“But we continue listening to them from afar, and their dignified cries, their indispensable lives, call us to walk alongside them to obtain their freedom. They call on us to unite our forces in order to knock down the walls that surround them.

“As an organization of predominantly Mexican immigrants, we have experienced first-hand the inhumane reality of the border and social walls imposed upon us by those from above. We have lived and challenged the many injustices that are like bricks in these walls; we have also lived and seen them crumble. Once all of us unite, combine our forces, and organize, we can accomplish this. For this reason, we view international solidarity as deeply important. United and together, we shall win.”


Declarations of Support—“Their Struggle is Our Struggle”

During the second week of global action the renowned thinker, university professor John Holloway, wrote a letter in support of the campaign for the political prisoners: “To Movimiento por Justicia del Barrio, the Other Campaign, New York. How impressive! Wave after wave of protest for the liberation of Alberto Patishtán and Francisco Santiz López, letter after letter arriving from every part of the world.

“A result, of course, of the organization and determination of the organizers of the weeks of struggle for their liberation. But it is something much more than that. We recognize ourselves in Alberto and Francisco, we recognize that they are suffering for us. Their struggle is our struggle. Their struggle is the struggle of all of us who still dream that there can be a future for humanity, a life of dignity. Their imprisonment is simply another manifestation of the fact that capitalism has no room for humanity. The present system is a constant aggression, a machine of destruction that seeks to destroy all that does not bow to the logic of money, all that stands opposed to the logic of profit. But it cannot succeed because there are people like Alberto and Francisco who say No, that they will not accept it and ……millions and millions and millions more who will not accept.”

A letter from Raul Zibechi, the highly respected writer, thinker, and analyst from Uruguay, presented another very powerful statement: “Those from above are criminalizing the place occupied by the people who are the color of the earth. That is the justice of the State and the bad government. A ‘justice’ that imprisons the children of Pachamama and those who defend and care for her, but rewards with freedom those who destroy her in order to turn her into a commodity.

“The international campaign to free Patishtán and Sántiz López is revealing the true reasons behind their imprisonment. When those from below stand up, when the poor of the world speak out and organize, they are systematically labeled “terrorists” and “violent” and are turned into the targets of defamation campaigns, with all the machinery of repression thrown upon them.

“When those from above steal public resources, when bankers appropriate the money and labor of all others, they are rewarded with positions in the bad governments and utilize state money to save their dirty businesses.

“These are not errors or abnormalities, but rather the true notion of justice held by the State: To protect those from above and condemn those from below. In this world two forms of justice exist: One for the governments and one for the people. The former is implemented by rich, white men who are protected by armed guards, and who hide in palaces to make decisions. The latter is community justice that is decided in assemblies of common people–the people who are the color of the earth–whereby everyone can debate because neither lawyers nor experts are required to distinguish between good and bad.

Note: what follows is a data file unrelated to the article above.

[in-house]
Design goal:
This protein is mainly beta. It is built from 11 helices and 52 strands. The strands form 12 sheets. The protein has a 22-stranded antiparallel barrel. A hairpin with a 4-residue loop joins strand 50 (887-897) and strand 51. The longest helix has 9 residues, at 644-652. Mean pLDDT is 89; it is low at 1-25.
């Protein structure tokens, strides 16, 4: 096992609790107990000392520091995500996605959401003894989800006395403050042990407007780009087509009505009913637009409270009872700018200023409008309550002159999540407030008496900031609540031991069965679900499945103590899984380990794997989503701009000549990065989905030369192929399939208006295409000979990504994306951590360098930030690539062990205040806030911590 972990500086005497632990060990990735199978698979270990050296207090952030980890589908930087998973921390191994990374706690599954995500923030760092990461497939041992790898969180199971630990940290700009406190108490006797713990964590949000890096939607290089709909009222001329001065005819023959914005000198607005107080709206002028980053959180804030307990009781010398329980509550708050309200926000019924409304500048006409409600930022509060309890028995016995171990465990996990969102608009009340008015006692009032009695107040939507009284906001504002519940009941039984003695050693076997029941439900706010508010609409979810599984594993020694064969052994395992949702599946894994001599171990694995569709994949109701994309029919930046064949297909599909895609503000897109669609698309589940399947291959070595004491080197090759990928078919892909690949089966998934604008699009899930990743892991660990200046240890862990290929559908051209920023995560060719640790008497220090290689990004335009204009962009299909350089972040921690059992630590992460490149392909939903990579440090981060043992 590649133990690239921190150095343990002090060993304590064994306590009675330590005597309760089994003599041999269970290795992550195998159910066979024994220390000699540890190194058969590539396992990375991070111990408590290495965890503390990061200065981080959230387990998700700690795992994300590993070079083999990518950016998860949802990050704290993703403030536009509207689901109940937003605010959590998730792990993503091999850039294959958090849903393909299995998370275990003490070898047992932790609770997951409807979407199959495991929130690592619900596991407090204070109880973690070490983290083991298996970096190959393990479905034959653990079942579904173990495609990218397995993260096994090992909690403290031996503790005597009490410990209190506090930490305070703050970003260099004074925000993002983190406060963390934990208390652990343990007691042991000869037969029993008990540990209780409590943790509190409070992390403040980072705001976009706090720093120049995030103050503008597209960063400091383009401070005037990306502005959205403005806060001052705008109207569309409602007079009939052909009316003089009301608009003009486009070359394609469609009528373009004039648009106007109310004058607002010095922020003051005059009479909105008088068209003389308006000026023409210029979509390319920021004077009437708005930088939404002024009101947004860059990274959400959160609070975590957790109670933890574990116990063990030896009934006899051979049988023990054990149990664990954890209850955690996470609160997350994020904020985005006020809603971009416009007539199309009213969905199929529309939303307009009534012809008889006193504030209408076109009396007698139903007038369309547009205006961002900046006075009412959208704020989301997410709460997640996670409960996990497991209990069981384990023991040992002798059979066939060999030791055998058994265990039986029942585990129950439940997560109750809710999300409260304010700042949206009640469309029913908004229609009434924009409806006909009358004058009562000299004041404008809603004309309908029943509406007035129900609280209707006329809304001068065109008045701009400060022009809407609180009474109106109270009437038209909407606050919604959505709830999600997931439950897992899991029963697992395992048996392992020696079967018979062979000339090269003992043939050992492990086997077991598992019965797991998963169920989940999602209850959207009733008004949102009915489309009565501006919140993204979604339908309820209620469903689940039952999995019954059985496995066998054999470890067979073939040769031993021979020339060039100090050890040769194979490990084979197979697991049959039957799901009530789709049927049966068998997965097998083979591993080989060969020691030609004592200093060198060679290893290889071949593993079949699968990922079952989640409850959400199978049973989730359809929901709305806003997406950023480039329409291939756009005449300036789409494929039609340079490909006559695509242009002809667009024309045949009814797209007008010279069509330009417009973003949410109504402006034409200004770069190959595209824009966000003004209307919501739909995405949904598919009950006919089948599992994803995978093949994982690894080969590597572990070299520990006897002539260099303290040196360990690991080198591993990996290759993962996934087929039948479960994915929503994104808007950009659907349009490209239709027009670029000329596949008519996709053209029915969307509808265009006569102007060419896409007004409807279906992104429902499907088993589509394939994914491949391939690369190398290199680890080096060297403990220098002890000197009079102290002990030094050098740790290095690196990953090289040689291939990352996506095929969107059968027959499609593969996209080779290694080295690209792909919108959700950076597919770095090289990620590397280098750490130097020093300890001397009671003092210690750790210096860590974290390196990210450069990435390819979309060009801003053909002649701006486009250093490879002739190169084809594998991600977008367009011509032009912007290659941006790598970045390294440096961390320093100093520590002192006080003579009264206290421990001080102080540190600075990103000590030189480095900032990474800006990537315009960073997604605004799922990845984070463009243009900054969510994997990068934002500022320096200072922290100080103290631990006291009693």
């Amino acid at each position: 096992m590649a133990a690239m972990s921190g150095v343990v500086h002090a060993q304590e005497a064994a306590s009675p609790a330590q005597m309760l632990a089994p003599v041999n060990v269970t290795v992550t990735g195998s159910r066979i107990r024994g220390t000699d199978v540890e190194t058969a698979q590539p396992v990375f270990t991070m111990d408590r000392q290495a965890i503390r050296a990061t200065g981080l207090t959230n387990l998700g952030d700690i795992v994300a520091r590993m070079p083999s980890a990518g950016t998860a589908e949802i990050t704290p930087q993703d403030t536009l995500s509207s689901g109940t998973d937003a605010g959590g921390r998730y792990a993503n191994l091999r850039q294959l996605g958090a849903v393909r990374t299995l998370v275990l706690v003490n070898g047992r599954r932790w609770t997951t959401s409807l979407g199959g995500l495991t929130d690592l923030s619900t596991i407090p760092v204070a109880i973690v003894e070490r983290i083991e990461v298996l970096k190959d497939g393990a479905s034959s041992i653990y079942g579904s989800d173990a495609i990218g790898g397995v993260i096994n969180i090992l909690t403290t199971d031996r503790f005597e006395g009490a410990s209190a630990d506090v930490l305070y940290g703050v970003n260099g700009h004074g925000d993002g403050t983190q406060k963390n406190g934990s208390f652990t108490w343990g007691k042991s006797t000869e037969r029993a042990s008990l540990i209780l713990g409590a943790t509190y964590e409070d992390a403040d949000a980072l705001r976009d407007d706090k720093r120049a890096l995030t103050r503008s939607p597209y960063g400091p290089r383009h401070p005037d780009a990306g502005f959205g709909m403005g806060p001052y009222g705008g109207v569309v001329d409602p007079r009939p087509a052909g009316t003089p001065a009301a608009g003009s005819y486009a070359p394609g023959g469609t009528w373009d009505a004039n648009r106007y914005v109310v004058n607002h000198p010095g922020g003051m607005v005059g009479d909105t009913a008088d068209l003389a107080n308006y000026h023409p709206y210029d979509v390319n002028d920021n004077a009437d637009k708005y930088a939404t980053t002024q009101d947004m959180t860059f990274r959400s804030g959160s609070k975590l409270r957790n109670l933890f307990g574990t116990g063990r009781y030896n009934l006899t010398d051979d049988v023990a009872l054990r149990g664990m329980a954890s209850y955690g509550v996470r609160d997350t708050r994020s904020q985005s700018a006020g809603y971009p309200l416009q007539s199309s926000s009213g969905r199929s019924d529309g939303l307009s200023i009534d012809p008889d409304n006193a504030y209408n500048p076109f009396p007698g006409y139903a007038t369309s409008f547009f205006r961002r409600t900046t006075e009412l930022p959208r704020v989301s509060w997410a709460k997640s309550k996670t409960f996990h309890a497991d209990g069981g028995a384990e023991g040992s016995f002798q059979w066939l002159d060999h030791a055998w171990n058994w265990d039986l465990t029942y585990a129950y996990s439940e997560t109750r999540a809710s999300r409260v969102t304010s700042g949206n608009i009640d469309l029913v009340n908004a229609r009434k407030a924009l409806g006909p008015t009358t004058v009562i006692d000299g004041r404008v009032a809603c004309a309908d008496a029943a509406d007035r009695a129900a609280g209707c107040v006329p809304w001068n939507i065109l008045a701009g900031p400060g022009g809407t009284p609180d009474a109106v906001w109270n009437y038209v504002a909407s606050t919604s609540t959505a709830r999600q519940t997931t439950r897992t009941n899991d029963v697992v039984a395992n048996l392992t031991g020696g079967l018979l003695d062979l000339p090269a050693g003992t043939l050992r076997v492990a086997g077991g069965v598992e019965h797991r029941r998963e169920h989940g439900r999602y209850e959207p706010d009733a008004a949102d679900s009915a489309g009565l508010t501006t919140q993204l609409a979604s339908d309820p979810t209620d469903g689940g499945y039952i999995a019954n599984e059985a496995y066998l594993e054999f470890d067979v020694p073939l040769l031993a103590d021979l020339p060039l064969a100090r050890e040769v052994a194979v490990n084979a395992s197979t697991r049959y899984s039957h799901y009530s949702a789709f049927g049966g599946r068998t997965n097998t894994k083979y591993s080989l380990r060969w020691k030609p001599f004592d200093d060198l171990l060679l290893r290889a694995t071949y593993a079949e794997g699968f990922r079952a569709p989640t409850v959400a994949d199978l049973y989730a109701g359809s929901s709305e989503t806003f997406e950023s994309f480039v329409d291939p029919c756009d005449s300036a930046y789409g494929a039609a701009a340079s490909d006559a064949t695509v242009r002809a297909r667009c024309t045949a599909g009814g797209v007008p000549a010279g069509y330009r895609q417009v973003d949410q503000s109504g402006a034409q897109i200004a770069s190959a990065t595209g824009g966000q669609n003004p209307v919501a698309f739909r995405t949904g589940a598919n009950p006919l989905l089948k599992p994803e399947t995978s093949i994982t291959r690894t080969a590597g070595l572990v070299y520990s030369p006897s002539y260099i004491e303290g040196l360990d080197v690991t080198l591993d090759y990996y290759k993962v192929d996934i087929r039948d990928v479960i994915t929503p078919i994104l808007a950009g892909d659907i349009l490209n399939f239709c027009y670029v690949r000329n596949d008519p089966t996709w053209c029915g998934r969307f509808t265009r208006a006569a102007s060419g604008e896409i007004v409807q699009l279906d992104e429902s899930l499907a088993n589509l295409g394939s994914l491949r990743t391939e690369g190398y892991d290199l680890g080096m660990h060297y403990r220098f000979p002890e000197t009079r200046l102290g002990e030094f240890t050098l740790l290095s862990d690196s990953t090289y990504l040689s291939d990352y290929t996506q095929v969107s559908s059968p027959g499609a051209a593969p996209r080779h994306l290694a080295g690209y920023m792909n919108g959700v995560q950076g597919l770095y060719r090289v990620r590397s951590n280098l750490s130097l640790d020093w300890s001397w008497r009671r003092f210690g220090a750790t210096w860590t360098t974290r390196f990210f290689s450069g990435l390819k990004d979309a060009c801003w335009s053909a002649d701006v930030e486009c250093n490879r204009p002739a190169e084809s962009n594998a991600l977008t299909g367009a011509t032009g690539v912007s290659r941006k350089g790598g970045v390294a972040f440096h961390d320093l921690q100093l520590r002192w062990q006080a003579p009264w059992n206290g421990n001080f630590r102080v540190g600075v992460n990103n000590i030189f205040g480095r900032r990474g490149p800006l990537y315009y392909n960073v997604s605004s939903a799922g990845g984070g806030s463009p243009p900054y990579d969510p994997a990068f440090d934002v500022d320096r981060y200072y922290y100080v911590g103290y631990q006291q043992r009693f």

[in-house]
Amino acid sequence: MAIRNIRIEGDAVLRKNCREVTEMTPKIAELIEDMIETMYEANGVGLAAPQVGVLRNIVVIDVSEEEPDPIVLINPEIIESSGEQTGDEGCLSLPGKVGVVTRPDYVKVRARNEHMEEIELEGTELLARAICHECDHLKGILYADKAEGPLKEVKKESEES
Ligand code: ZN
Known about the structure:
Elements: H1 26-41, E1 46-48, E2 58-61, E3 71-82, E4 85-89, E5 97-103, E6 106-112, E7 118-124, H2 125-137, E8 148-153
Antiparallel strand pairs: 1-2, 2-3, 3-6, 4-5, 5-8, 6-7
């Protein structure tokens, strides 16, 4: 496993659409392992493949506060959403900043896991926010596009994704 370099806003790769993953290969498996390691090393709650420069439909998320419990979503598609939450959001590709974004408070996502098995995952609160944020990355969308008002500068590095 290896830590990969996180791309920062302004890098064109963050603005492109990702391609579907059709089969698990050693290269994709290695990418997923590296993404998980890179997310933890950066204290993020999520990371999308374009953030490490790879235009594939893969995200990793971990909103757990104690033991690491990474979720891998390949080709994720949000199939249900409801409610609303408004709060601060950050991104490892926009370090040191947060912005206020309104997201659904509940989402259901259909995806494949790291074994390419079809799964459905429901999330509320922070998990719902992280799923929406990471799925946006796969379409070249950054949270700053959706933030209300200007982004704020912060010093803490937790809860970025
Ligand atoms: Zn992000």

“They are two justices for two opposed worlds. One day our justice shall judge those from above; and on that day, they shall be condemned to live off their work, to care for the common good. They shall be condemned to live as we, the 99% of humanity, do.

“That day, which is not far off, we will remember our brothers, Patishtán and Sántiz López, as two of the many midwives who made the birth of a new world possible.”

The renowned social struggler from Peru, Hugo Blanco, commented: “In Mexico, jail is not meant for narco-traffickers, but rather, for indigenous people, such as Alberto Patishtán Gómez and Francisco Sántiz López, who have done nothing wrong.

“What crime did these two men commit? Thinking that Mexico should be a place for all Mexicans–one in which everyone works and lives peacefully, without exploiting or being exploited, and enjoys the fruits that the land gives us. A country where everyone may be educated, where everyone may attend to their health, where there are no millionaires and no beggars. A country where everyone is concerned about each other, as they are in indigenous communities; a country that is formed by communities of communities, both in the countryside and in the cities; where there is no one who rules and no one who obeys–where all may decide; a country where everyone may be in deep solidarity, where it is not necessary to step on another’s head in order to move up.

“This is what they had in mind, and they understood that they must not resign themselves to only think as such, but that it is necessary to collaborate with other people in order to build this country of solidarity which would exist in a world of solidarity.”

And the much-loved writer and activist from Oaxaca, Gustavo Esteva, wrote: “The prison of these two compañeros must weigh on us as if it were our own prison. As in truth it is. While they remain prisoners, we are all prisoners, imprisoned by this abominable system from whose bars we have failed to free ourselves . . . . We have to break the chains that still bind our hands and our feet and keep us from the conquest of our autonomy in every corner of the world where we live. Only through these autonomies, entrenched in every area and linked in solidarity everywhere, will we be able to leave our prison.”